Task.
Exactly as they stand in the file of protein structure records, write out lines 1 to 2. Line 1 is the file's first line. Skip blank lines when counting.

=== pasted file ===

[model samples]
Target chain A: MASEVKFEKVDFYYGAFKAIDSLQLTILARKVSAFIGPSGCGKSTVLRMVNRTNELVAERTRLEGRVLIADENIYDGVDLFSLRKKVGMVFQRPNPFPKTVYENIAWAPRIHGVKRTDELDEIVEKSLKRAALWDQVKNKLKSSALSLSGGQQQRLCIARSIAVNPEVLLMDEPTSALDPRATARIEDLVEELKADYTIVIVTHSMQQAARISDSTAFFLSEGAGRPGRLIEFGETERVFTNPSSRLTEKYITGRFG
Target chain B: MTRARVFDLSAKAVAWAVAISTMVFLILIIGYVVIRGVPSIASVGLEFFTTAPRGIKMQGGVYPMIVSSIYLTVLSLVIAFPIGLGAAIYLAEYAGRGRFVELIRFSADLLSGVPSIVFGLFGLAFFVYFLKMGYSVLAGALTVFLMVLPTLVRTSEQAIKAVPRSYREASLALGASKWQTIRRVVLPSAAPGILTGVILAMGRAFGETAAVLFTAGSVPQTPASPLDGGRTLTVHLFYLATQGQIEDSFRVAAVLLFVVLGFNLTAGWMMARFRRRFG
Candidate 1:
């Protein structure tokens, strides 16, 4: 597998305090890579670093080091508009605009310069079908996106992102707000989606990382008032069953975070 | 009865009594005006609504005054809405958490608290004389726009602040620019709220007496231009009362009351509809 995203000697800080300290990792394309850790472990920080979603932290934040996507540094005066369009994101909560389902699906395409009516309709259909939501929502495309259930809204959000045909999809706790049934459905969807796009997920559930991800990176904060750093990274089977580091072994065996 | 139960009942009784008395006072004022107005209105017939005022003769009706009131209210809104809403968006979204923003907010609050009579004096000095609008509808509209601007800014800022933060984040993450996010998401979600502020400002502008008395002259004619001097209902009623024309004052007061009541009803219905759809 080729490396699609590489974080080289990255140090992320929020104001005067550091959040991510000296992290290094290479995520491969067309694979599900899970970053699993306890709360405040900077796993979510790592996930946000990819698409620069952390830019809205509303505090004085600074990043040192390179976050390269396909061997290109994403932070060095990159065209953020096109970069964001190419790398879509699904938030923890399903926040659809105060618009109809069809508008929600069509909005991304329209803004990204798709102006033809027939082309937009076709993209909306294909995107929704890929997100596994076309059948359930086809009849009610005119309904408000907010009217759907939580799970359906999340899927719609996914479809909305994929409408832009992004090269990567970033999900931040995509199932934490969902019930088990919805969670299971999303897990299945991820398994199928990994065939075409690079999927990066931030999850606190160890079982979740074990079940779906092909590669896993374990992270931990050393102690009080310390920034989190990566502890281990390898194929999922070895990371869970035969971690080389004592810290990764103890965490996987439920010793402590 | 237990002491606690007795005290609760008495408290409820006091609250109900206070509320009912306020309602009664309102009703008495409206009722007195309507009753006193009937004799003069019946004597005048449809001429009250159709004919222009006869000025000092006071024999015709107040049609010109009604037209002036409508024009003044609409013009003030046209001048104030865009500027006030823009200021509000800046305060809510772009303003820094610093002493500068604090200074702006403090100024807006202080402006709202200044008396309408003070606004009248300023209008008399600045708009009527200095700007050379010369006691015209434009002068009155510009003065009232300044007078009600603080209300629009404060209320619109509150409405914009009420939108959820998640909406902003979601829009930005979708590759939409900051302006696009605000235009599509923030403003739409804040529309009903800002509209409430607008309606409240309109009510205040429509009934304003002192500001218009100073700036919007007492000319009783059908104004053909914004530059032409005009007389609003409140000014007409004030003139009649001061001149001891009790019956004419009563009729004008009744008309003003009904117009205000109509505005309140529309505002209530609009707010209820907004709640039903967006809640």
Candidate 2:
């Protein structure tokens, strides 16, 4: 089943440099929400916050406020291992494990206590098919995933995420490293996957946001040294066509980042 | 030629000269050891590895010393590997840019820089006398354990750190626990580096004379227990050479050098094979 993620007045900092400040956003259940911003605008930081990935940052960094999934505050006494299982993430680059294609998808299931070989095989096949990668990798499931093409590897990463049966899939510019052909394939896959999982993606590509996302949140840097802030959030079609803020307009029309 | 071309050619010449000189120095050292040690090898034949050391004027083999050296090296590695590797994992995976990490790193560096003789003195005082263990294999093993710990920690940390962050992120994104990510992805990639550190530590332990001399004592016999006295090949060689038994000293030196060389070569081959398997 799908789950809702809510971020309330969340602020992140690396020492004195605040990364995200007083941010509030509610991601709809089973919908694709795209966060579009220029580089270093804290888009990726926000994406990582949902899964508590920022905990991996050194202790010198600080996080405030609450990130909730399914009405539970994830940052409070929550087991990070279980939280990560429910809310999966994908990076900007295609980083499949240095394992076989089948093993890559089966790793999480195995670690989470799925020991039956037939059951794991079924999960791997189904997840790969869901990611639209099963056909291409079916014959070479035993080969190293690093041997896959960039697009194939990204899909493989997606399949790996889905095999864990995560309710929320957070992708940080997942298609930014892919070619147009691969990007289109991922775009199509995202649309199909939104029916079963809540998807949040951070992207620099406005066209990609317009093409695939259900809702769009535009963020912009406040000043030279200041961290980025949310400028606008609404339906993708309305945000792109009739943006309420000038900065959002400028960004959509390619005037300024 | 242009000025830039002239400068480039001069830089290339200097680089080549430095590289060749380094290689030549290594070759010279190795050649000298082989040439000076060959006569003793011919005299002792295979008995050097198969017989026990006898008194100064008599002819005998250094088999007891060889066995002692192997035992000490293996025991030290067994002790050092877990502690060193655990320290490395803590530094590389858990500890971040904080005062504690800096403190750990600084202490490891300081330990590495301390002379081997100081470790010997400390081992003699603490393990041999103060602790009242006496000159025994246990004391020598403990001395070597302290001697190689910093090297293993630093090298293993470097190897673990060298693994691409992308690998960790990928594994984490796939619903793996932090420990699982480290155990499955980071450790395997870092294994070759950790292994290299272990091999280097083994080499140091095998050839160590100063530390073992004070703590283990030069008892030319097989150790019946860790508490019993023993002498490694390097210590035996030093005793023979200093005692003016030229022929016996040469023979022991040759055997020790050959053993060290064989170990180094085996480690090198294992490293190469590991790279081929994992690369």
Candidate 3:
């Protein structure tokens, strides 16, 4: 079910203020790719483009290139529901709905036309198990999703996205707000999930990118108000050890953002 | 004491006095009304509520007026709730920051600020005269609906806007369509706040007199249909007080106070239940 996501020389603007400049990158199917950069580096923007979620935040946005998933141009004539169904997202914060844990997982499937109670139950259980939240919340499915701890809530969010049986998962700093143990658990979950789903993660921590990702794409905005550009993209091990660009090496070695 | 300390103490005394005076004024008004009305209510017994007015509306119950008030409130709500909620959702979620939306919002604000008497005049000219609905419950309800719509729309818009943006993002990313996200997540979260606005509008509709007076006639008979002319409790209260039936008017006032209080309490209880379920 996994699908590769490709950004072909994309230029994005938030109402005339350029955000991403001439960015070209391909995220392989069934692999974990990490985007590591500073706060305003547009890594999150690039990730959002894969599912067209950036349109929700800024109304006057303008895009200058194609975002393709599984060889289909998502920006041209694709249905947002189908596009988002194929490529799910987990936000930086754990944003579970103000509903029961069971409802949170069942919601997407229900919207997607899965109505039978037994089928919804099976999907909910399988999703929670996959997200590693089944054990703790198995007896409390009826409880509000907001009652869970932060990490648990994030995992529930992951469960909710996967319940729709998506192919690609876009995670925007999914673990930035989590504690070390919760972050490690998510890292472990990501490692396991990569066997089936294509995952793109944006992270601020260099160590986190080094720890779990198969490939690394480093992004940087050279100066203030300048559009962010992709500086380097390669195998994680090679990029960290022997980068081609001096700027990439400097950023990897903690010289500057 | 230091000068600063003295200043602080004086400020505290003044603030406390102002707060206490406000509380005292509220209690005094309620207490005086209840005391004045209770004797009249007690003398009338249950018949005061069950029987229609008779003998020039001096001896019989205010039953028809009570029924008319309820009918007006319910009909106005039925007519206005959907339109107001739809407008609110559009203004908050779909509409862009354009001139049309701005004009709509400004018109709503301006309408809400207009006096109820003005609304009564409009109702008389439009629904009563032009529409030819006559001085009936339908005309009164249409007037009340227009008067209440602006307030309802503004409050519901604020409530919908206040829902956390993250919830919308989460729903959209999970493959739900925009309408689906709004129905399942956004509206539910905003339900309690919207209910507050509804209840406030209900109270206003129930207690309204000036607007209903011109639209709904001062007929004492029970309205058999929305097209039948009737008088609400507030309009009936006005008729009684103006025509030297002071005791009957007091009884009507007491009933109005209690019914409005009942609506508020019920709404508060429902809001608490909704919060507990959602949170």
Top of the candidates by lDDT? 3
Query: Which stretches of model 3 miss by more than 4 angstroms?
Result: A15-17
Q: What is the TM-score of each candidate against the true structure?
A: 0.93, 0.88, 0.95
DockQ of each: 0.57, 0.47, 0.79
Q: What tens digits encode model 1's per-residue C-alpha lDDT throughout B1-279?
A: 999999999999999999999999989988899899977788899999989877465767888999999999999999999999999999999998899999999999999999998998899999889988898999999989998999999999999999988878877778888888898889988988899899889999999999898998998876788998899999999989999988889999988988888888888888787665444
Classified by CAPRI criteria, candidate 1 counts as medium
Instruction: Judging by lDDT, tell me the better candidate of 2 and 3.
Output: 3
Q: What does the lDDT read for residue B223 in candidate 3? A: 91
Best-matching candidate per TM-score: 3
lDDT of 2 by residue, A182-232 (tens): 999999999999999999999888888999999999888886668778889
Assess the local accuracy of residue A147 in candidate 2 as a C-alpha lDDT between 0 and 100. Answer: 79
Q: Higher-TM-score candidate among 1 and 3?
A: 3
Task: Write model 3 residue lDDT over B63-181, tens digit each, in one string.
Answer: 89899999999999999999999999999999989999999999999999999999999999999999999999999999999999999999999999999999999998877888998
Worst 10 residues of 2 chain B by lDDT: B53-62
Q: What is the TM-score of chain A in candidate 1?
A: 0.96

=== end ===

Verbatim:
[model samples]
Target chain A: MASEVKFEKVDFYYGAFKAIDSLQLTILARKVSAFIGPSGCGKSTVLRMVNRTNELVAERTRLEGRVLIADENIYDGVDLFSLRKKVGMVFQRPNPFPKTVYENIAWAPRIHGVKRTDELDEIVEKSLKRAALWDQVKNKLKSSALSLSGGQQQRLCIARSIAVNPEVLLMDEPTSALDPRATARIEDLVEELKADYTIVIVTHSMQQAARISDSTAFFLSEGAGRPGRLIEFGETERVFTNPSSRLTEKYITGRFG